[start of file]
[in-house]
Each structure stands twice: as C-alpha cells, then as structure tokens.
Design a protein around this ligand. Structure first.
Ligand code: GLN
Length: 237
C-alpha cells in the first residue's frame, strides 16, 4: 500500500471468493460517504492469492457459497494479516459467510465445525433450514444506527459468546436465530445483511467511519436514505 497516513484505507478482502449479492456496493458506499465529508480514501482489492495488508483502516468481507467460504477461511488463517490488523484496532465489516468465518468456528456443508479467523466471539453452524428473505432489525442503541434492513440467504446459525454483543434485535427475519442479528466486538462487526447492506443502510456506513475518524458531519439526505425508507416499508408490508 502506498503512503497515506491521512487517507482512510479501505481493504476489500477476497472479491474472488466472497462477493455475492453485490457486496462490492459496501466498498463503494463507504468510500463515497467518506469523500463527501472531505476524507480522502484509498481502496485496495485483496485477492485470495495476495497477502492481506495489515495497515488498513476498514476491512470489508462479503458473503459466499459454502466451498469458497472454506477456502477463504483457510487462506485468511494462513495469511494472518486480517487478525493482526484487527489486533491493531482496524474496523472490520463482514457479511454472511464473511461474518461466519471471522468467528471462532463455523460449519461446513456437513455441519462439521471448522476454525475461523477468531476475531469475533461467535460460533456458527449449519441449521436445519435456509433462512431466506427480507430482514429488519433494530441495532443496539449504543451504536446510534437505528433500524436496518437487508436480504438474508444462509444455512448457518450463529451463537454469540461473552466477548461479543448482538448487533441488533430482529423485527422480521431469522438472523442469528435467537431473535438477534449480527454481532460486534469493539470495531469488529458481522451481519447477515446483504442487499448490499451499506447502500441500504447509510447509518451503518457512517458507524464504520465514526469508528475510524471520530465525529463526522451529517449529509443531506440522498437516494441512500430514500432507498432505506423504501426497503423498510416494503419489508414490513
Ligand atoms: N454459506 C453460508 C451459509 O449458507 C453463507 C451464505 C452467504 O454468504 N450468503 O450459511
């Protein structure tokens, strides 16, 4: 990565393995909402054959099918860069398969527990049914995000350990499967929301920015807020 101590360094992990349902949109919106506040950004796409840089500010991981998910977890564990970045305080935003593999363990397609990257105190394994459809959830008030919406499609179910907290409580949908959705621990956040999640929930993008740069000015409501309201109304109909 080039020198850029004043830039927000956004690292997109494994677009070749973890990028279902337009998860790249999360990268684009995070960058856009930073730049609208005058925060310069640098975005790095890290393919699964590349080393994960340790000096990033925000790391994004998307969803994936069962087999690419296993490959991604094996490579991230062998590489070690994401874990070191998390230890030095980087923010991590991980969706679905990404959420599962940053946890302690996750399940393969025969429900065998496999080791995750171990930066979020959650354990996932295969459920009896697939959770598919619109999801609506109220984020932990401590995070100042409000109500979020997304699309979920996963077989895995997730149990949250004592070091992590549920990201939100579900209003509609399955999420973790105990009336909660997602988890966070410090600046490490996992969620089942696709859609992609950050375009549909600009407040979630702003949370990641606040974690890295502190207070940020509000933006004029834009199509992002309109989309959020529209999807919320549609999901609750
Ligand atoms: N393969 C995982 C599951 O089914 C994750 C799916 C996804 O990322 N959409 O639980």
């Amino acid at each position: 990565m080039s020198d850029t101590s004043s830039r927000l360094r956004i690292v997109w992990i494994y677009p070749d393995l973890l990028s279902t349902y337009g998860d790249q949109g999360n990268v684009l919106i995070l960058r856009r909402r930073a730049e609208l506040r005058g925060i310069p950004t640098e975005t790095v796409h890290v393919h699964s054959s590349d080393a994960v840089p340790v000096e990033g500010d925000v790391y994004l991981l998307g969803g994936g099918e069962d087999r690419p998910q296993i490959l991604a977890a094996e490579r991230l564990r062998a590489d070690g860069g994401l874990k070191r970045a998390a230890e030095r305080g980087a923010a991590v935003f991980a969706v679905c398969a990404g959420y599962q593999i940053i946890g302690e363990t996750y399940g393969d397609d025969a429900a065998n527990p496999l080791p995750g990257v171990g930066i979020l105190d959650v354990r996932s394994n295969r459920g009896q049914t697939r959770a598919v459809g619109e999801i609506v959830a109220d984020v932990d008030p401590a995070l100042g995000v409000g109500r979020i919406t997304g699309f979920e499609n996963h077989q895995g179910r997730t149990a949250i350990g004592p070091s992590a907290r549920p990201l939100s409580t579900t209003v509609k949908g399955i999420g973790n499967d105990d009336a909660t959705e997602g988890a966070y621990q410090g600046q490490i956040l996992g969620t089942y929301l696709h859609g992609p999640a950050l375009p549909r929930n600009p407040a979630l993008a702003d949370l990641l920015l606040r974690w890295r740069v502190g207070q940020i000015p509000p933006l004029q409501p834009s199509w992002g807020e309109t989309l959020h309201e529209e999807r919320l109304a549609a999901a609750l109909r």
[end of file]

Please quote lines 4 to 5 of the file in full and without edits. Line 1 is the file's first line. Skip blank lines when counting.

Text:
Ligand code: GLN
Length: 237